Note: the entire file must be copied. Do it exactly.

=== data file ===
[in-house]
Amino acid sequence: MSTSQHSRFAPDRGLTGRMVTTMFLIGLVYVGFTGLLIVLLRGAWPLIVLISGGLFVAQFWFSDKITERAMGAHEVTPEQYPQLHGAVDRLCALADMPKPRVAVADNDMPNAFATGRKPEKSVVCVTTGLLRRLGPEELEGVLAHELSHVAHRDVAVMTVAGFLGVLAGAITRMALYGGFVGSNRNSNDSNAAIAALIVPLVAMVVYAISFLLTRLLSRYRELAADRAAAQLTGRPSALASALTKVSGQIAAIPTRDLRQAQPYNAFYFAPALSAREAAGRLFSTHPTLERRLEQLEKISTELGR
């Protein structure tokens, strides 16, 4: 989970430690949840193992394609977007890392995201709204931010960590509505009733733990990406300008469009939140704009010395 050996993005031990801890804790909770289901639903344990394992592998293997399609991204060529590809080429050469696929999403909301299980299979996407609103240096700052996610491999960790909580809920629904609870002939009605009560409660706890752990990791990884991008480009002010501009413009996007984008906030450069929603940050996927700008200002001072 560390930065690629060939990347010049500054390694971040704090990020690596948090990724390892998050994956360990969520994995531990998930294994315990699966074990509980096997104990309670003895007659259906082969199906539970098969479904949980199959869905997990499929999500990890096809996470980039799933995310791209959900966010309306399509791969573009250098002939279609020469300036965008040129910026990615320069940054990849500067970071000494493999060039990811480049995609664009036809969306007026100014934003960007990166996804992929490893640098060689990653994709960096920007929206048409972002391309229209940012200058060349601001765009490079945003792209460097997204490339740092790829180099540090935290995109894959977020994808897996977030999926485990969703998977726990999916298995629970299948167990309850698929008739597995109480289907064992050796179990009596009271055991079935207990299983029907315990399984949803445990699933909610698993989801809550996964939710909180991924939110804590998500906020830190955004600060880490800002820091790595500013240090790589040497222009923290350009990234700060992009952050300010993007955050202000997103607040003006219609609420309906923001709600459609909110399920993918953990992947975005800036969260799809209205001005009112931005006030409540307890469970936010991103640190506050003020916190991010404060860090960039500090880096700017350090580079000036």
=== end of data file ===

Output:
[in-house]
Amino acid sequence: MSTSQHSRFAPDRGLTGRMVTTMFLIGLVYVGFTGLLIVLLRGAWPLIVLISGGLFVAQFWFSDKITERAMGAHEVTPEQYPQLHGAVDRLCALADMPKPRVAVADNDMPNAFATGRKPEKSVVCVTTGLLRRLGPEELEGVLAHELSHVAHRDVAVMTVAGFLGVLAGAITRMALYGGFVGSNRNSNDSNAAIAALIVPLVAMVVYAISFLLTRLLSRYRELAADRAAAQLTGRPSALASALTKVSGQIAAIPTRDLRQAQPYNAFYFAPALSAREAAGRLFSTHPTLERRLEQLEKISTELGR
């Protein structure tokens, strides 16, 4: 989970430690949840193992394609977007890392995201709204931010960590509505009733733990990406300008469009939140704009010395 050996993005031990801890804790909770289901639903344990394992592998293997399609991204060529590809080429050469696929999403909301299980299979996407609103240096700052996610491999960790909580809920629904609870002939009605009560409660706890752990990791990884991008480009002010501009413009996007984008906030450069929603940050996927700008200002001072 560390930065690629060939990347010049500054390694971040704090990020690596948090990724390892998050994956360990969520994995531990998930294994315990699966074990509980096997104990309670003895007659259906082969199906539970098969479904949980199959869905997990499929999500990890096809996470980039799933995310791209959900966010309306399509791969573009250098002939279609020469300036965008040129910026990615320069940054990849500067970071000494493999060039990811480049995609664009036809969306007026100014934003960007990166996804992929490893640098060689990653994709960096920007929206048409972002391309229209940012200058060349601001765009490079945003792209460097997204490339740092790829180099540090935290995109894959977020994808897996977030999926485990969703998977726990999916298995629970299948167990309850698929008739597995109480289907064992050796179990009596009271055991079935207990299983029907315990399984949803445990699933909610698993989801809550996964939710909180991924939110804590998500906020830190955004600060880490800002820091790595500013240090790589040497222009923290350009990234700060992009952050300010993007955050202000997103607040003006219609609420309906923001709600459609909110399920993918953990992947975005800036969260799809209205001005009112931005006030409540307890469970936010991103640190506050003020916190991010404060860090960039500090880096700017350090580079000036």